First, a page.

The third panel included Karen Rue, Superintendent, Northwest ISD and Dawson Orr, Department Chair, Southern Methodist University, both speaking on behalf of the Texas High Preforming Schools Consortium. They, too, began their presentations by referencing the fundamental nature of the TEKS, but from the perspective that the sheer breadth of TEKS precludes covering them at any depth. The pair spent most of their time trying to describe and convince the commissioners and lawmakers present of the value of what they termed “community-based accountability.” While the promises and high-level theory of such a model sounded very promising to many in the audience and some on the dais, there was definitely some skepticism on the part of some of the commissioners and lawmakers as to the feasibility of what they view as essentially a system of self-rating.
Finally, the panel heard from roughly 20 witnesses during the public testimony portion of the agenda. By and large these testifiers were individual parents and educators. They gave the commission a much needed window into some of the shortcomings of the current system where theory meets reality. Of particular impact was testimony about the true logistics of teaching to the test. Issues mentioned included problems like the 26-line first draft writing test that in no way reflects how anyone in the real world writes. Another concern was the 10-line short answer section where students find it very difficult to completely answer the highly valued questions in the limited and rigidly enforced space allotted. One teacher testified that an example of her teaching to the test was to spend time working with her students on writing small so that they could fit more into the box. Another testifier brought up the effect that the vast number of multiple choice questions was having on a student’s ability to synthesize original thought from whole cloth, without being presented multiple choice options . Parents often pointed out how otherwise successful hardworking and sometimes exceptional kids were having their self-worth and futures crushed under the weight of repressive and unforgiving testing. The witnesses described that particularly for those students with learning disorders, those who suffered from severe test anxiety, or those who were part of the large and growing population of English Language Learners, the test was much less a measure of their subject area knowledge and more a reflection of their disabilities or circumstance. The commission uniformly thanked those who provided public testimony for adding a much needed perspective to the conversation.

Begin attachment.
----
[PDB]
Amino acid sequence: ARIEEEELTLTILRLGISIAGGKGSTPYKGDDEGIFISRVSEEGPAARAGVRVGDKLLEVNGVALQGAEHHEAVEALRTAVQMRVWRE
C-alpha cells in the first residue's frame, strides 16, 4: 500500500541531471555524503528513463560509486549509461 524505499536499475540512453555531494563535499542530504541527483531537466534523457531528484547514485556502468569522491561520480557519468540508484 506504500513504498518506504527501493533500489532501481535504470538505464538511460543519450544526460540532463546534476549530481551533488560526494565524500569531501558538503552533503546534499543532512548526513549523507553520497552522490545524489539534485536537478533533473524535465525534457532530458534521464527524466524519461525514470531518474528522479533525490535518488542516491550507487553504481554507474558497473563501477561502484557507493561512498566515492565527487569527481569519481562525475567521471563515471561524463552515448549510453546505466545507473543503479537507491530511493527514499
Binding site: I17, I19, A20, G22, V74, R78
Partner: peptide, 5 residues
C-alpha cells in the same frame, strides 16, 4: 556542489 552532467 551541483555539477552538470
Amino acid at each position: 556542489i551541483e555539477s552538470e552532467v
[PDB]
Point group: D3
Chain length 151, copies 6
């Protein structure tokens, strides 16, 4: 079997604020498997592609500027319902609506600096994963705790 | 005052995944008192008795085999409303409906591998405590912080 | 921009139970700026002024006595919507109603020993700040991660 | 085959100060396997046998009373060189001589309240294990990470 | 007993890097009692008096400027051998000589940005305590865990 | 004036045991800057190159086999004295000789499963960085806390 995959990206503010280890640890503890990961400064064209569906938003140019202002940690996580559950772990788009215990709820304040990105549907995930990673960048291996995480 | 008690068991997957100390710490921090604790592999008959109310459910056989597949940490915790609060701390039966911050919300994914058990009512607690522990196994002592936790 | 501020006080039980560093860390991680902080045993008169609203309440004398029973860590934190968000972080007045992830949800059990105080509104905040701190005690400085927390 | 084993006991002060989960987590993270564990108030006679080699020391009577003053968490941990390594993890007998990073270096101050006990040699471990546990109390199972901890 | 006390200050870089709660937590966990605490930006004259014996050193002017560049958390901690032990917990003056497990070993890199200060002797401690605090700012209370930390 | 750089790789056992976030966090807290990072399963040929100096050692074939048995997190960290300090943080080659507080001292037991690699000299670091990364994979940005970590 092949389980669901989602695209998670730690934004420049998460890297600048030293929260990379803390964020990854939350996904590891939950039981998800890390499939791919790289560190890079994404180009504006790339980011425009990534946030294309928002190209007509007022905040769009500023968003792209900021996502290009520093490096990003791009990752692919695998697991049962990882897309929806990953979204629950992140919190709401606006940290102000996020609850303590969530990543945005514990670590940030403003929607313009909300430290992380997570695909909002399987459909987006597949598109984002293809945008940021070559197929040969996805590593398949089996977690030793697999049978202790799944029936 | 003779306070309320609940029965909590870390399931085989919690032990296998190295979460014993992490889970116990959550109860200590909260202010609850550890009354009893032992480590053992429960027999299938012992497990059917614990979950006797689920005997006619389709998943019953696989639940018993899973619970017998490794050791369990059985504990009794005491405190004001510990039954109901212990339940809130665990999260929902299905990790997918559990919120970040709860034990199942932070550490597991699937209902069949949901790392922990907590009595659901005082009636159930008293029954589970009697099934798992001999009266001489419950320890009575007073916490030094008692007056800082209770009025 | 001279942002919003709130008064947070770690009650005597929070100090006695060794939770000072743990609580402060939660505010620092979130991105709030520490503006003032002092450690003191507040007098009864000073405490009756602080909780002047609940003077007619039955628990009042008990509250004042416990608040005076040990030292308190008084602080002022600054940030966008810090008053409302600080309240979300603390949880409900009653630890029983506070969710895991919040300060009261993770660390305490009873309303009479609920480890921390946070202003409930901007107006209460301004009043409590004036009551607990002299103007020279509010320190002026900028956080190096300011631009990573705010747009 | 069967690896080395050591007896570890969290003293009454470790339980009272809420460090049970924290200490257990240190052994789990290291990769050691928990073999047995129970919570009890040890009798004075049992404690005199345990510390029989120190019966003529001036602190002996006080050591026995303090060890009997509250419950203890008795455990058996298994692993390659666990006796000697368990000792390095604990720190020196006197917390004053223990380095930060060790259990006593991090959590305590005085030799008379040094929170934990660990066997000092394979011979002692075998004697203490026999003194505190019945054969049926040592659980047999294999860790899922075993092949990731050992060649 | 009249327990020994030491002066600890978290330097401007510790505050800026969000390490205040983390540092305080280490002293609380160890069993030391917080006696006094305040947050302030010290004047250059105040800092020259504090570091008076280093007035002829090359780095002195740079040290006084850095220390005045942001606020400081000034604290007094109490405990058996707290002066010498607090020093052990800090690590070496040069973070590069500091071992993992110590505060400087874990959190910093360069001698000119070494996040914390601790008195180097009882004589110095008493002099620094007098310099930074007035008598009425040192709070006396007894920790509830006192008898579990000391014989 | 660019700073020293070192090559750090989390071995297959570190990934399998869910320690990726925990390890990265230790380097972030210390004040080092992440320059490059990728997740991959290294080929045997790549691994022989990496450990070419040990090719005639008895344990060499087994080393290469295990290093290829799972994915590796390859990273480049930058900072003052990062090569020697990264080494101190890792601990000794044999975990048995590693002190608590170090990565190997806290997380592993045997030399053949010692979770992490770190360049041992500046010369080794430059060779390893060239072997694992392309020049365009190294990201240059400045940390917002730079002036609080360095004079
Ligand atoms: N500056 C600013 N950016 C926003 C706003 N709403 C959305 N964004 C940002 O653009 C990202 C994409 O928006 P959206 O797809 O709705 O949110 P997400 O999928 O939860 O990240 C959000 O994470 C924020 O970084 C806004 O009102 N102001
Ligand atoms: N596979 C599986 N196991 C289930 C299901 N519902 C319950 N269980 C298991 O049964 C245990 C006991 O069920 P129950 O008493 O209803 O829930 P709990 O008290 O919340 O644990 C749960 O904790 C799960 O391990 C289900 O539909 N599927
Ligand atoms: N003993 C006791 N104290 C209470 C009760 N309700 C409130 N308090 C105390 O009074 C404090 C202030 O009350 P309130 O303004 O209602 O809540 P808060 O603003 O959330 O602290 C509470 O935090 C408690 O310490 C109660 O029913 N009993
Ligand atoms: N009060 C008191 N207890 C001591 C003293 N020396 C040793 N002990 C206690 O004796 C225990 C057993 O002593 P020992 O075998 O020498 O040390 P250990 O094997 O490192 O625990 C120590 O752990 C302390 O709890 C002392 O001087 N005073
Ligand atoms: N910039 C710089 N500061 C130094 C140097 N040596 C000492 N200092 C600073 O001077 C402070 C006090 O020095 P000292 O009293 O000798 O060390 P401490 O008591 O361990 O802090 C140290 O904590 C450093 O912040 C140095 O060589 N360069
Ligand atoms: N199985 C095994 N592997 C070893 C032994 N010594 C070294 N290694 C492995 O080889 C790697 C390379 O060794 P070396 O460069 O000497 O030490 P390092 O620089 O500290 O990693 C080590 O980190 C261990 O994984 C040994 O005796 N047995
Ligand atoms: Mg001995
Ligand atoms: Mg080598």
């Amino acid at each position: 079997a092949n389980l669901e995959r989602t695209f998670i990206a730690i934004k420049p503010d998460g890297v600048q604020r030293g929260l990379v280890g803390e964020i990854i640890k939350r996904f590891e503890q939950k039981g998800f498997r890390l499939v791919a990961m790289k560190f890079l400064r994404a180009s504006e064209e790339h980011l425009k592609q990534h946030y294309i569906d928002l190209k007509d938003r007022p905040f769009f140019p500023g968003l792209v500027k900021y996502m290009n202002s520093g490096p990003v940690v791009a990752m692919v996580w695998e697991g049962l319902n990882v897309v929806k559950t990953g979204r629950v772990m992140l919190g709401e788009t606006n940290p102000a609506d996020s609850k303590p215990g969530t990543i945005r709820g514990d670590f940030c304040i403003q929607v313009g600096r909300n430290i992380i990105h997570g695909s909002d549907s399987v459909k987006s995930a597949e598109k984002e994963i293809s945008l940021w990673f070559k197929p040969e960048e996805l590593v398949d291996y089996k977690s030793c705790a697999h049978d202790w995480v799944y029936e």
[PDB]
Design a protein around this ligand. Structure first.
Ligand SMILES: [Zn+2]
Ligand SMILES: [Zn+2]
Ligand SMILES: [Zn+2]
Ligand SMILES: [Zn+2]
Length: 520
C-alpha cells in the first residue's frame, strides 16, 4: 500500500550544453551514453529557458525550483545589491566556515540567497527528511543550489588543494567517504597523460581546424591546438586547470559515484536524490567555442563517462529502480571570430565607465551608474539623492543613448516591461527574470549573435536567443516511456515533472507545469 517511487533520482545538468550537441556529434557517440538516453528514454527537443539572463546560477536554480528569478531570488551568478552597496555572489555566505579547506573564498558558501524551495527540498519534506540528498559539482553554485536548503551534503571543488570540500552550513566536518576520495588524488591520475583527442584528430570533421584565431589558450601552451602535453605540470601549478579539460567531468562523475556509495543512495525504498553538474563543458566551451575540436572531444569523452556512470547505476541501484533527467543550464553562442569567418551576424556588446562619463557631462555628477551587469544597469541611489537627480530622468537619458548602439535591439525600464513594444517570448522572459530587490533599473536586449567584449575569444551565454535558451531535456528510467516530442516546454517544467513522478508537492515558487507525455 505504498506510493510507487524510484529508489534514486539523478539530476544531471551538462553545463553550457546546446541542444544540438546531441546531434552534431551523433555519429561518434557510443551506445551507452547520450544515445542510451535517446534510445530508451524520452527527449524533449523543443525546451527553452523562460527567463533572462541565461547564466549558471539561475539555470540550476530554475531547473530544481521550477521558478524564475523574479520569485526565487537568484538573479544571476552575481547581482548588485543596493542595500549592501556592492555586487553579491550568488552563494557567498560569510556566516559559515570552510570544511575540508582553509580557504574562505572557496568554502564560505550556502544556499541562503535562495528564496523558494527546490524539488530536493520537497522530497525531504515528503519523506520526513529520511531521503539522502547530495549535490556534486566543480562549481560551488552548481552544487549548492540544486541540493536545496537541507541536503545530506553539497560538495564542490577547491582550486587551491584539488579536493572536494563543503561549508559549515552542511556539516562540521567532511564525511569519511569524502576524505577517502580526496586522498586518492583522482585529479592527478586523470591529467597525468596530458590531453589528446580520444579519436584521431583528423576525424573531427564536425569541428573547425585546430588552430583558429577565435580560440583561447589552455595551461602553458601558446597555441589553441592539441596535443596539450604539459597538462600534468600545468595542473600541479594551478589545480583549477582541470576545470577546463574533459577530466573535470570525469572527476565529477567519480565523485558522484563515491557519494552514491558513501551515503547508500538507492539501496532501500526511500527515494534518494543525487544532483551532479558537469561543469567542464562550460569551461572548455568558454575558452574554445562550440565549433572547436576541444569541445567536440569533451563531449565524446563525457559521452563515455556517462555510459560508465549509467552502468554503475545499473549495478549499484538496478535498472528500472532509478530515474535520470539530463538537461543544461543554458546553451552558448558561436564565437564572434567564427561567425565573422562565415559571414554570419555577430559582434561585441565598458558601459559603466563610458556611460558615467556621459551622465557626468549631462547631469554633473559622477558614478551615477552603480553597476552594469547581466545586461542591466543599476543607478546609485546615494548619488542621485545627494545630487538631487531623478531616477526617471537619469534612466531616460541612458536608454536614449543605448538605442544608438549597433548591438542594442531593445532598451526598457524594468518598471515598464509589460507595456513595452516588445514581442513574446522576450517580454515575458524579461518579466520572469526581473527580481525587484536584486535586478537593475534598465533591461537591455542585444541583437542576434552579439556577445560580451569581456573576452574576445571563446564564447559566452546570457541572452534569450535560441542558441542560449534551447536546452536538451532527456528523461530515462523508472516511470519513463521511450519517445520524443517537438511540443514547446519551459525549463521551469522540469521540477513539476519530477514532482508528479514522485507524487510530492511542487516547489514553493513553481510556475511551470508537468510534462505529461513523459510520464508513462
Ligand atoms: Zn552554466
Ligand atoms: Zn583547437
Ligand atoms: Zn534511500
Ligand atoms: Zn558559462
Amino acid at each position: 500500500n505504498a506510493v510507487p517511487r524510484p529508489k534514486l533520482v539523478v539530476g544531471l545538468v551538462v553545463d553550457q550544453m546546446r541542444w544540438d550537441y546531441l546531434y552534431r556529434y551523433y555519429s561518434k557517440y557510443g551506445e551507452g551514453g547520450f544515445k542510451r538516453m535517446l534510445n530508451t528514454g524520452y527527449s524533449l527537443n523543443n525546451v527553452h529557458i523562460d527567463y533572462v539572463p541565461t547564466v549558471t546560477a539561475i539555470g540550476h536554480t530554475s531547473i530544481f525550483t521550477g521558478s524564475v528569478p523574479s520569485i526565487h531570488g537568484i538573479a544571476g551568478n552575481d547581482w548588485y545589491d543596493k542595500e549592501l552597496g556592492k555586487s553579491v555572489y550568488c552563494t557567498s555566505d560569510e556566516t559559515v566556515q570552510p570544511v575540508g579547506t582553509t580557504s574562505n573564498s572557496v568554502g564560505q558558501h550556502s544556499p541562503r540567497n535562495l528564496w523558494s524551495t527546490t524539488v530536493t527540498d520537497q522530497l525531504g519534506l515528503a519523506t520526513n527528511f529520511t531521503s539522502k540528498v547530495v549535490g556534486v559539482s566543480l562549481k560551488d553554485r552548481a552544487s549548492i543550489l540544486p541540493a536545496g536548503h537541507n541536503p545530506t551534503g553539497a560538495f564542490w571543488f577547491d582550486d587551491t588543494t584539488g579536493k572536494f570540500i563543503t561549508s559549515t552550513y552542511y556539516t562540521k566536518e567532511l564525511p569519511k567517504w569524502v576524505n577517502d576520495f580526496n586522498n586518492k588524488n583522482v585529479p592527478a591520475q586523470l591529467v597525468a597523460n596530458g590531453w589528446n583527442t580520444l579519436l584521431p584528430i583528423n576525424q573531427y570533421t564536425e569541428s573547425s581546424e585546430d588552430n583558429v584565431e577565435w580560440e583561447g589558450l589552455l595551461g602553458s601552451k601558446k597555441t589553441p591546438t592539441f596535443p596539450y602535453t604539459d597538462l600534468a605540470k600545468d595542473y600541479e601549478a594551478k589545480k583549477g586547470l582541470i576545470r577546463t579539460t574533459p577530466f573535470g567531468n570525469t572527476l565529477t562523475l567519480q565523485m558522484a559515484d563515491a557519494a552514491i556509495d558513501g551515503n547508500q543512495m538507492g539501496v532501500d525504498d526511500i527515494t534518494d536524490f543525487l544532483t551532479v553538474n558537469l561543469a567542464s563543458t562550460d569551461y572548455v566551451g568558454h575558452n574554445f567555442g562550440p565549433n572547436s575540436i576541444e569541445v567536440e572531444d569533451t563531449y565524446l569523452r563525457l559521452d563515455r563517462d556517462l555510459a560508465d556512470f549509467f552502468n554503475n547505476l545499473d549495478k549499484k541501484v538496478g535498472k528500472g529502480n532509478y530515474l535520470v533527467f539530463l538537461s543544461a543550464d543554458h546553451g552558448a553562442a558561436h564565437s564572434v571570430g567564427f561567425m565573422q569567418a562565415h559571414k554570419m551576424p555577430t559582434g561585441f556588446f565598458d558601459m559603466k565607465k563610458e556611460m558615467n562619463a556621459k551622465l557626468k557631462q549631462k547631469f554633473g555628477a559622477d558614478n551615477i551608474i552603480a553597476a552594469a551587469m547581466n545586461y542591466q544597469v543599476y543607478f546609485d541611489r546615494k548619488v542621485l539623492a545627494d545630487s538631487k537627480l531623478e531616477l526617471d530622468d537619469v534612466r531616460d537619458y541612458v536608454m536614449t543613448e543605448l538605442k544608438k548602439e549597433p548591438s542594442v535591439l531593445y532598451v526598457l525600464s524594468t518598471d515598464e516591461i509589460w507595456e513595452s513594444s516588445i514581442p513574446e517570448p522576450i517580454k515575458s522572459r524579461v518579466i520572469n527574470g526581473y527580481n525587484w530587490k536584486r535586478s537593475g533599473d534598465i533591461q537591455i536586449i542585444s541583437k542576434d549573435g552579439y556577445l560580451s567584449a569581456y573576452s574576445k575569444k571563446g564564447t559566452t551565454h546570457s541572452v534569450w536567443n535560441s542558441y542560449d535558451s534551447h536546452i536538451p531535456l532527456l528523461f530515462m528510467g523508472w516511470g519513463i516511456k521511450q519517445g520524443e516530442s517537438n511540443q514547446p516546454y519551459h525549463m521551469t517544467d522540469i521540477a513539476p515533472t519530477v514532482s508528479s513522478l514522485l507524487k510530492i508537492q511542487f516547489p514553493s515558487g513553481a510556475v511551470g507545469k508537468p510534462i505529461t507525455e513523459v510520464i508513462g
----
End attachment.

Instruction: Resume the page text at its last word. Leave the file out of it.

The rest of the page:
Commission meetings are live-streamed as they are happening and available for viewing from an archive about a week later. The most current meeting is not yet available in the archive for viewing but we will post a link in this post when it is. Future meeting dates for the commission include: Wednesday, March 23, 2016; Wednesday, April 20, 2016; Wednesday, May 25, 2016; and Wednesday, July 27, 2016.
You can read more on the Commission for Next Generation Assessments and Accountability at http://tea.texas.gov/2804commission.aspx